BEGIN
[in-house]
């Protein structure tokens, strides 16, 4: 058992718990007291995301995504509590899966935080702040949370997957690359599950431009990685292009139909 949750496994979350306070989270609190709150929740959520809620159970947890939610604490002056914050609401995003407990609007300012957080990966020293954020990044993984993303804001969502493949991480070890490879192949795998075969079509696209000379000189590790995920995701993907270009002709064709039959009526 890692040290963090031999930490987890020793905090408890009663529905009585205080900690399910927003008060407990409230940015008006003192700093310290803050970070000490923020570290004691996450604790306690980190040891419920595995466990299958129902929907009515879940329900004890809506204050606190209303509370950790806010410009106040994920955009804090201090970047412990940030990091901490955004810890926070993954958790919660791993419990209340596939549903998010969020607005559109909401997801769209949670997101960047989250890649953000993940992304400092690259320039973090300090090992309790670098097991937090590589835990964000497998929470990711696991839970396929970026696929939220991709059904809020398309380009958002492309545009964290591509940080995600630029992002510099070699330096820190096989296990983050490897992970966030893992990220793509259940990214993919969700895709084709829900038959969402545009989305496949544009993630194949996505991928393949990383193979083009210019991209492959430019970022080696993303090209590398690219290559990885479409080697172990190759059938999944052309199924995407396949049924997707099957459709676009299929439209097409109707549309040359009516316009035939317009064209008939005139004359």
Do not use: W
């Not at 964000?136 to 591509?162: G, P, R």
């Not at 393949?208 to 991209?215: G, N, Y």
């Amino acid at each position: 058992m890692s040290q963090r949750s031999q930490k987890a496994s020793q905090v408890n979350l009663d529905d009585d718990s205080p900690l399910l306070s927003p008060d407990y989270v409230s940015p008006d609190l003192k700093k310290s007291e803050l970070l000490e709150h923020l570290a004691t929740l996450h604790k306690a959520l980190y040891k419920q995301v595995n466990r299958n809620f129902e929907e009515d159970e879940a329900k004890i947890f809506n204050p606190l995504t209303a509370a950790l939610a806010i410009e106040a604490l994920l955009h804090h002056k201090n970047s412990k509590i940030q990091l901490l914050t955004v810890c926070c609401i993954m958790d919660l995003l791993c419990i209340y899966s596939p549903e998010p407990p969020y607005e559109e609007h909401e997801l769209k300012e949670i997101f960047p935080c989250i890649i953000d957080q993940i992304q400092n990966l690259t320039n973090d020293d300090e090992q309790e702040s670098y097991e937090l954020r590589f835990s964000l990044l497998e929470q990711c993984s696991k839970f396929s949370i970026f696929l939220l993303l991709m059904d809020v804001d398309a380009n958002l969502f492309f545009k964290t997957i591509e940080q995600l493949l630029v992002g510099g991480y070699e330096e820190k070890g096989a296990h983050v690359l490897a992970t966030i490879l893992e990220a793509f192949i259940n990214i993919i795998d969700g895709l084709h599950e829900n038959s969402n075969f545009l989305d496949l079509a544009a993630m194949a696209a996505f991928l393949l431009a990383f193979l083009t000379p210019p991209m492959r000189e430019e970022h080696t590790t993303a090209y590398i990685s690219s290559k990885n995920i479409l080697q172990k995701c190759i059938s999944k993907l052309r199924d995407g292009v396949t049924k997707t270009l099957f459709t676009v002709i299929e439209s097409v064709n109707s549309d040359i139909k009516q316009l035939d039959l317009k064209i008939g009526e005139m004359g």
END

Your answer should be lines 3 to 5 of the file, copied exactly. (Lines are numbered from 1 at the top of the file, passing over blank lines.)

Do not use: W
């Not at 964000?136 to 591509?162: G, P, R």
């Not at 393949?208 to 991209?215: G, N, Y």